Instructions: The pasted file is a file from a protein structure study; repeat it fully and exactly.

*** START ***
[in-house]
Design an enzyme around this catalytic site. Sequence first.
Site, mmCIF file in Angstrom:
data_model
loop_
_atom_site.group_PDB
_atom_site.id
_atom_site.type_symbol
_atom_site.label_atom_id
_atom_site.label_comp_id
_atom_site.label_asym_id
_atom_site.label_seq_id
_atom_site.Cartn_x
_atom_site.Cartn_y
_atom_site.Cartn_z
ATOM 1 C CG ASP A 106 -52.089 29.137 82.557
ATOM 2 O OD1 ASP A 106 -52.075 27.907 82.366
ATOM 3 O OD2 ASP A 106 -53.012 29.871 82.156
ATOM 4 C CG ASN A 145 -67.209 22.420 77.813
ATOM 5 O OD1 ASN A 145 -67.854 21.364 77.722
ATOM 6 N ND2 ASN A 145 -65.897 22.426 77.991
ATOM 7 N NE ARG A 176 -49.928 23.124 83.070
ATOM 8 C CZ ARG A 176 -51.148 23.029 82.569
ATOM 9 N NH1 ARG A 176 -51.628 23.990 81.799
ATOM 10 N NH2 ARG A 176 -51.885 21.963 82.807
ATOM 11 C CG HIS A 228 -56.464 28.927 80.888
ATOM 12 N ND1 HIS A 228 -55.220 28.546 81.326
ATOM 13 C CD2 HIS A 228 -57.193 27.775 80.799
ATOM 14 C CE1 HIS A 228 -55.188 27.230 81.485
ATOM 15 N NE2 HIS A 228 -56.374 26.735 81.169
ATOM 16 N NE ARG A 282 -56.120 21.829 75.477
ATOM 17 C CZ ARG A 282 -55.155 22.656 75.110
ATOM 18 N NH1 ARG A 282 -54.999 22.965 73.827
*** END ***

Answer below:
[in-house]
Design an enzyme around this catalytic site. Sequence first.
Site, mmCIF file in Angstrom:
data_model
loop_
_atom_site.group_PDB
_atom_site.id
_atom_site.type_symbol
_atom_site.label_atom_id
_atom_site.label_comp_id
_atom_site.label_asym_id
_atom_site.label_seq_id
_atom_site.Cartn_x
_atom_site.Cartn_y
_atom_site.Cartn_z
ATOM 1 C CG ASP A 106 -52.089 29.137 82.557
ATOM 2 O OD1 ASP A 106 -52.075 27.907 82.366
ATOM 3 O OD2 ASP A 106 -53.012 29.871 82.156
ATOM 4 C CG ASN A 145 -67.209 22.420 77.813
ATOM 5 O OD1 ASN A 145 -67.854 21.364 77.722
ATOM 6 N ND2 ASN A 145 -65.897 22.426 77.991
ATOM 7 N NE ARG A 176 -49.928 23.124 83.070
ATOM 8 C CZ ARG A 176 -51.148 23.029 82.569
ATOM 9 N NH1 ARG A 176 -51.628 23.990 81.799
ATOM 10 N NH2 ARG A 176 -51.885 21.963 82.807
ATOM 11 C CG HIS A 228 -56.464 28.927 80.888
ATOM 12 N ND1 HIS A 228 -55.220 28.546 81.326
ATOM 13 C CD2 HIS A 228 -57.193 27.775 80.799
ATOM 14 C CE1 HIS A 228 -55.188 27.230 81.485
ATOM 15 N NE2 HIS A 228 -56.374 26.735 81.169
ATOM 16 N NE ARG A 282 -56.120 21.829 75.477
ATOM 17 C CZ ARG A 282 -55.155 22.656 75.110
ATOM 18 N NH1 ARG A 282 -54.999 22.965 73.827